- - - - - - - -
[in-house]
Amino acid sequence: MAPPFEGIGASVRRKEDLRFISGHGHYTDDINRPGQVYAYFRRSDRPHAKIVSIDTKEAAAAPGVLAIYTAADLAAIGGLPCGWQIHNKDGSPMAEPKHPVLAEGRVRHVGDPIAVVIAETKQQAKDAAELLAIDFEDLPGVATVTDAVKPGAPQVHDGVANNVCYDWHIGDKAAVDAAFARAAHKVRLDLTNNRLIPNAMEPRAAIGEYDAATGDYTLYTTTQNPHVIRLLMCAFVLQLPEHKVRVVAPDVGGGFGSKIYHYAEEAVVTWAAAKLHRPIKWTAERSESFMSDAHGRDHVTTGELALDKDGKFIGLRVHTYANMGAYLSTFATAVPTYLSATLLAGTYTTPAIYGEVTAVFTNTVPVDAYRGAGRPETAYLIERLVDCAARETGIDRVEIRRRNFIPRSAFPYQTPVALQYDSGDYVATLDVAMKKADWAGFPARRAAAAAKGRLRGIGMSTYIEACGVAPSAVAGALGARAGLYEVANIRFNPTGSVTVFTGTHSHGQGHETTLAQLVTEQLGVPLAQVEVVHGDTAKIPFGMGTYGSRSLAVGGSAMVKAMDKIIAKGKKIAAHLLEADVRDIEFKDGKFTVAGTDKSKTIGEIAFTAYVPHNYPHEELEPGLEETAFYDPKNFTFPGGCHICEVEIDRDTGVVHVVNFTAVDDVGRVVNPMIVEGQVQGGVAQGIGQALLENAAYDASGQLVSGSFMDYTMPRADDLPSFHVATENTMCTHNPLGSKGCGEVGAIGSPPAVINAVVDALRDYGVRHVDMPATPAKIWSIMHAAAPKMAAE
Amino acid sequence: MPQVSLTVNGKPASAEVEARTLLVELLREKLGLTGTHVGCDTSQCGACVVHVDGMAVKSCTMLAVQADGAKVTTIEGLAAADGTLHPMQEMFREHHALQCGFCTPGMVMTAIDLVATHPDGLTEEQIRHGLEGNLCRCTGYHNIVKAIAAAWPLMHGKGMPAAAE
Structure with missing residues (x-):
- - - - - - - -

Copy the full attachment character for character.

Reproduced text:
[in-house]
Amino acid sequence: MAPPFEGIGASVRRKEDLRFISGHGHYTDDINRPGQVYAYFRRSDRPHAKIVSIDTKEAAAAPGVLAIYTAADLAAIGGLPCGWQIHNKDGSPMAEPKHPVLAEGRVRHVGDPIAVVIAETKQQAKDAAELLAIDFEDLPGVATVTDAVKPGAPQVHDGVANNVCYDWHIGDKAAVDAAFARAAHKVRLDLTNNRLIPNAMEPRAAIGEYDAATGDYTLYTTTQNPHVIRLLMCAFVLQLPEHKVRVVAPDVGGGFGSKIYHYAEEAVVTWAAAKLHRPIKWTAERSESFMSDAHGRDHVTTGELALDKDGKFIGLRVHTYANMGAYLSTFATAVPTYLSATLLAGTYTTPAIYGEVTAVFTNTVPVDAYRGAGRPETAYLIERLVDCAARETGIDRVEIRRRNFIPRSAFPYQTPVALQYDSGDYVATLDVAMKKADWAGFPARRAAAAAKGRLRGIGMSTYIEACGVAPSAVAGALGARAGLYEVANIRFNPTGSVTVFTGTHSHGQGHETTLAQLVTEQLGVPLAQVEVVHGDTAKIPFGMGTYGSRSLAVGGSAMVKAMDKIIAKGKKIAAHLLEADVRDIEFKDGKFTVAGTDKSKTIGEIAFTAYVPHNYPHEELEPGLEETAFYDPKNFTFPGGCHICEVEIDRDTGVVHVVNFTAVDDVGRVVNPMIVEGQVQGGVAQGIGQALLENAAYDASGQLVSGSFMDYTMPRADDLPSFHVATENTMCTHNPLGSKGCGEVGAIGSPPAVINAVVDALRDYGVRHVDMPATPAKIWSIMHAAAPKMAAE
Amino acid sequence: MPQVSLTVNGKPASAEVEARTLLVELLREKLGLTGTHVGCDTSQCGACVVHVDGMAVKSCTMLAVQADGAKVTTIEGLAAADGTLHPMQEMFREHHALQCGFCTPGMVMTAIDLVATHPDGLTEEQIRHGLEGNLCRCTGYHNIVKAIAAAWPLMHGKGMPAAAE
Structure with missing residues (x-):